Digital health interventions for the prevention of cardiovascular disease: A systematic review and meta-analysis

R. Jay Widmer, Nerissa M. Collins, C. Scott Collins, Colin Patrick West, Lilach O Lerman, Amir Lerman

Research output: Contribution to journalArticle

84 Citations (Scopus)

Abstract

Objective To assess the potential benefit of digital health interventions (DHIs) on cardiovascular disease (CVD) outcomes (CVD events, all-cause mortality, hospitalizations) and risk factors compared with non-DHIs. Patients and Methods We conducted a systematic search of PubMed, MEDLINE, EMBASE, Web of Science, Ovid, CINHAL, ERIC, PsychINFO, Cochrane, and Cochrane Central Register of Controlled Trials for articles published from January 1, 1990, through January 21, 2014. Included studies examined any element of DHI (telemedicine, Web-based strategies, e-mail, mobile phones, mobile applications, text messaging, and monitoring sensors) and CVD outcomes or risk factors. Two reviewers independently evaluated study quality utilizing a modified version of the Cochrane Collaboration risk assessment tool. Authors extracted CVD outcomes and risk factors for CVD such as weight, body mass index, blood pressure, and lipid levels from 51 full-text articles that met validity and inclusion criteria. Results Digital health interventions significantly reduced CVD outcomes (relative risk, 0.61; 95% CI, 0.46-0.80; P<.001; I2=22%). Concomitant reductions in weight (-2.77 lb [95% CI, -4.49 to -1.05 lb]; P<.002; I2=97%) and body mass index (-0.17 kg/m2 [95% CI, -0.32 kg/m2 to -0.01 kg/m2]; P=.03; I2=97%) but not blood pressure (-1.18 mm Hg [95% CI, -2.93 mm Hg to 0.57 mm Hg]; P=.19; I2=100%) were found in these DHI trials compared with usual care. In the 6 studies reporting Framingham risk score, 10-year risk percentages were also significantly improved (-1.24%; 95% CI, -1.73% to -0.76%; P<.001; I2=94%). Results were limited by heterogeneity not fully explained by study population (primary or secondary prevention) or DHI modality. Conclusion Overall, these aggregations of data provide evidence that DHIs can reduce CVD outcomes and have a positive impact on risk factors for CVD.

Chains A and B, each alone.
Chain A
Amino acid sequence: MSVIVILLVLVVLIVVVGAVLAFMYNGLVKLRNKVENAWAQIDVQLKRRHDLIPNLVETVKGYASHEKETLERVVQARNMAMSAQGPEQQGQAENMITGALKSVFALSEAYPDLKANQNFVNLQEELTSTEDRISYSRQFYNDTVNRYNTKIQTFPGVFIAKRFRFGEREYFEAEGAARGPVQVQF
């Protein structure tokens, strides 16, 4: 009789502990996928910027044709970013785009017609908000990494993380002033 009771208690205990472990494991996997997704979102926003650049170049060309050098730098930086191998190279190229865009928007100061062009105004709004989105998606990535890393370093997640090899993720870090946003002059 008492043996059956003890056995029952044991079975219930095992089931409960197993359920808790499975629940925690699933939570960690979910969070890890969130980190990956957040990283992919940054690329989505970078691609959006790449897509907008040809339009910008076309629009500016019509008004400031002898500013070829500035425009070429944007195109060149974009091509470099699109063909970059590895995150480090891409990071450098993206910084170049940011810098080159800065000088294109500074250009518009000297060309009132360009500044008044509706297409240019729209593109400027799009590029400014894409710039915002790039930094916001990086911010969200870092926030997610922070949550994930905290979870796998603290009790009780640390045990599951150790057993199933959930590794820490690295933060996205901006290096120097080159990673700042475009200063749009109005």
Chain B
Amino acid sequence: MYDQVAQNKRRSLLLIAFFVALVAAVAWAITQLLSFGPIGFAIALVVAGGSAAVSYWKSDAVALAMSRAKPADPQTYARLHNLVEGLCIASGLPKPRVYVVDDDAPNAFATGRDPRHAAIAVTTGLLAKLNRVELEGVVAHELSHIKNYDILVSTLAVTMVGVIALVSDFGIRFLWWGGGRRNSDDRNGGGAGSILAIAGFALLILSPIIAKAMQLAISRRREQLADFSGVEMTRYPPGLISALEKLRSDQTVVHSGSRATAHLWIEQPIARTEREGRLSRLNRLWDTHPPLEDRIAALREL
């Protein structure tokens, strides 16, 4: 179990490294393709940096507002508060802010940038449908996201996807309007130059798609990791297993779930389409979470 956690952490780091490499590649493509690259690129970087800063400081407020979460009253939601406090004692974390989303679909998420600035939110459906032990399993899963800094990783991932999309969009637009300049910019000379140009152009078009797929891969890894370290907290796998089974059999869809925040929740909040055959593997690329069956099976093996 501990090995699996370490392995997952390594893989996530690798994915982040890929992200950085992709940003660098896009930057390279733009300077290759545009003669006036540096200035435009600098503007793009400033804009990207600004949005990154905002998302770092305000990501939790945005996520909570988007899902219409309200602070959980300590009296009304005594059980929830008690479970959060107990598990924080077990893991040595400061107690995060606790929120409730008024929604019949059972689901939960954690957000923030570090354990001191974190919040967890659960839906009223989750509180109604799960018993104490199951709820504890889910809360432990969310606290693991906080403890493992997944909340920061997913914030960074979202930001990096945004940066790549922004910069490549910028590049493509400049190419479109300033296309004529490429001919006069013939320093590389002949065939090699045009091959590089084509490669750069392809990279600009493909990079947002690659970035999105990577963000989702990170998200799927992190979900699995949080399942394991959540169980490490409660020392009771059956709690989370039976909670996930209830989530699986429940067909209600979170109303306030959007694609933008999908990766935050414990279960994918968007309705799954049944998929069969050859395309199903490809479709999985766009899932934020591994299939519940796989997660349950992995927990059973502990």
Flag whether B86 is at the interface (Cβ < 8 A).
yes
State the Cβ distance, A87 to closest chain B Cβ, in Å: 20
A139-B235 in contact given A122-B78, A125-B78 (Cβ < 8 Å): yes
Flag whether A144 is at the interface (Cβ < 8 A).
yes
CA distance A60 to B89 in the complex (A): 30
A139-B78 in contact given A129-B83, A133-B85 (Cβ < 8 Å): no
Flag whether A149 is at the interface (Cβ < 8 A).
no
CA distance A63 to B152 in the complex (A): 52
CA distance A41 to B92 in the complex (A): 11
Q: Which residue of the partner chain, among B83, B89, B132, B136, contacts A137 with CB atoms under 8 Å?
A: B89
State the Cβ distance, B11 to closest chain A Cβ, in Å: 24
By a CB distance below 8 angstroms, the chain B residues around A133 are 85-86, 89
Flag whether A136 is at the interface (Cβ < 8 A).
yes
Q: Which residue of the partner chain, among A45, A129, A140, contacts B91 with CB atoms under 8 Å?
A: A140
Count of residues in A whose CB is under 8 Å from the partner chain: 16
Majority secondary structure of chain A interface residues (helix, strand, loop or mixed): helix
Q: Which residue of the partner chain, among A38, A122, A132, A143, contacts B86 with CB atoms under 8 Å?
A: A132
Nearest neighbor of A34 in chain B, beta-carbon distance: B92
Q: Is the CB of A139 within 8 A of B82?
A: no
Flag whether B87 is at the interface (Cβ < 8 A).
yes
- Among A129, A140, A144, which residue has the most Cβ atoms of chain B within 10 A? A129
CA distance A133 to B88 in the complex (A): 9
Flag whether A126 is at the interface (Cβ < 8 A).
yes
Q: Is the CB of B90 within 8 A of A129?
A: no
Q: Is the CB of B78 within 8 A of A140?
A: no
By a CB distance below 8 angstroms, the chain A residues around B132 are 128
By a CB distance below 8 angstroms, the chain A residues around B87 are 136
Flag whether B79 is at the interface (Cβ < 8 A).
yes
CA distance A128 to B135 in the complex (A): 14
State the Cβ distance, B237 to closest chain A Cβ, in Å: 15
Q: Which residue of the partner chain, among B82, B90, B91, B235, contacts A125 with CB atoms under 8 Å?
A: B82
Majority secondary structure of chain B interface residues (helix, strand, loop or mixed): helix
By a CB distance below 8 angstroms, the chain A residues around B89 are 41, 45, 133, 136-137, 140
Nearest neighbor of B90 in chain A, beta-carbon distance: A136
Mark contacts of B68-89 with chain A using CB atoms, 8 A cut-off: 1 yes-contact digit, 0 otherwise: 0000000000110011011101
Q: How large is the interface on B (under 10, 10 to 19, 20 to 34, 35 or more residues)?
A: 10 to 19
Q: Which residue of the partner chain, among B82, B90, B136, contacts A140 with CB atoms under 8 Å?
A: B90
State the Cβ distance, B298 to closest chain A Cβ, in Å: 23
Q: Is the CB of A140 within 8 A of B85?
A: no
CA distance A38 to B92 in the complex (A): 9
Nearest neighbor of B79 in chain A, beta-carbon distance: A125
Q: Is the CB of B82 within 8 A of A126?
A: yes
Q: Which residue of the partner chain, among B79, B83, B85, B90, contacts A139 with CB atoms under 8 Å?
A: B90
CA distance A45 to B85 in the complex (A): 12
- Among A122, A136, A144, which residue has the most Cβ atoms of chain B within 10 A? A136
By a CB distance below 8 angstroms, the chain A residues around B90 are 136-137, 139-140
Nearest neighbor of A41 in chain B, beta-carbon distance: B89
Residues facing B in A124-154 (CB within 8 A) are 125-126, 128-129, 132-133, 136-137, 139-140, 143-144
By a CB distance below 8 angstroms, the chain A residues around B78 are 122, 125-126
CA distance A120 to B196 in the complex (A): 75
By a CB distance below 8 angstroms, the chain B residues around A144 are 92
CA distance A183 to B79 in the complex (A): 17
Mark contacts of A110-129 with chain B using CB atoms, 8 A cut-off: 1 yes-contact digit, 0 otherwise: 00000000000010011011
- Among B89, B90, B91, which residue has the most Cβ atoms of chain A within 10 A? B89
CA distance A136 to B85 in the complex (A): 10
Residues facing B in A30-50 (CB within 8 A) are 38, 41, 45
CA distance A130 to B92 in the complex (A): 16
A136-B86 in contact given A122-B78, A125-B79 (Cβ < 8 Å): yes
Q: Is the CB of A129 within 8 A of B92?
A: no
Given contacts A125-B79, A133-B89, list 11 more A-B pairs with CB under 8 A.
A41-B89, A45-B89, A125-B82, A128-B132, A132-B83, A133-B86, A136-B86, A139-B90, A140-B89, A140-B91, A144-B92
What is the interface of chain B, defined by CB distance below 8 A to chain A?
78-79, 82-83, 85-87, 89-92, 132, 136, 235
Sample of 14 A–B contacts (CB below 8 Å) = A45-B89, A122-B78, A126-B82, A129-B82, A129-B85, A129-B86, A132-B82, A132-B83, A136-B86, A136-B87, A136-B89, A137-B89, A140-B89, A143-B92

Original languageEnglish (US)
Pages (from-to)469-480
Number of pages12
JournalMayo Clinic Proceedings
Volume90
Issue number4
DOIs
StatePublished - Apr 1 2015

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Meta-Analysis
Cardiovascular Diseases
Health
Body Mass Index
Mobile Applications
Text Messaging
Blood Pressure
Cell Phones
Telemedicine
Postal Service
Insurance Benefits
Primary Prevention
Secondary Prevention
PubMed
MEDLINE
Weight Loss
Hospitalization
Lipids
Weights and Measures
Mortality

ASJC Scopus subject areas

  • Medicine(all)

Cite this

Digital health interventions for the prevention of cardiovascular disease : A systematic review and meta-analysis. / Widmer, R. Jay; Collins, Nerissa M.; Collins, C. Scott; West, Colin Patrick; Lerman, Lilach O; Lerman, Amir.

In: Mayo Clinic Proceedings, Vol. 90, No. 4, 01.04.2015, p. 469-480.

Research output: Contribution to journalArticle

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N2 - Objective To assess the potential benefit of digital health interventions (DHIs) on cardiovascular disease (CVD) outcomes (CVD events, all-cause mortality, hospitalizations) and risk factors compared with non-DHIs. Patients and Methods We conducted a systematic search of PubMed, MEDLINE, EMBASE, Web of Science, Ovid, CINHAL, ERIC, PsychINFO, Cochrane, and Cochrane Central Register of Controlled Trials for articles published from January 1, 1990, through January 21, 2014. Included studies examined any element of DHI (telemedicine, Web-based strategies, e-mail, mobile phones, mobile applications, text messaging, and monitoring sensors) and CVD outcomes or risk factors. Two reviewers independently evaluated study quality utilizing a modified version of the Cochrane Collaboration risk assessment tool. Authors extracted CVD outcomes and risk factors for CVD such as weight, body mass index, blood pressure, and lipid levels from 51 full-text articles that met validity and inclusion criteria. Results Digital health interventions significantly reduced CVD outcomes (relative risk, 0.61; 95% CI, 0.46-0.80; P<.001; I2=22%). Concomitant reductions in weight (-2.77 lb [95% CI, -4.49 to -1.05 lb]; P<.002; I2=97%) and body mass index (-0.17 kg/m2 [95% CI, -0.32 kg/m2 to -0.01 kg/m2]; P=.03; I2=97%) but not blood pressure (-1.18 mm Hg [95% CI, -2.93 mm Hg to 0.57 mm Hg]; P=.19; I2=100%) were found in these DHI trials compared with usual care. In the 6 studies reporting Framingham risk score, 10-year risk percentages were also significantly improved (-1.24%; 95% CI, -1.73% to -0.76%; P<.001; I2=94%). Results were limited by heterogeneity not fully explained by study population (primary or secondary prevention) or DHI modality. Conclusion Overall, these aggregations of data provide evidence that DHIs can reduce CVD outcomes and have a positive impact on risk factors for CVD.

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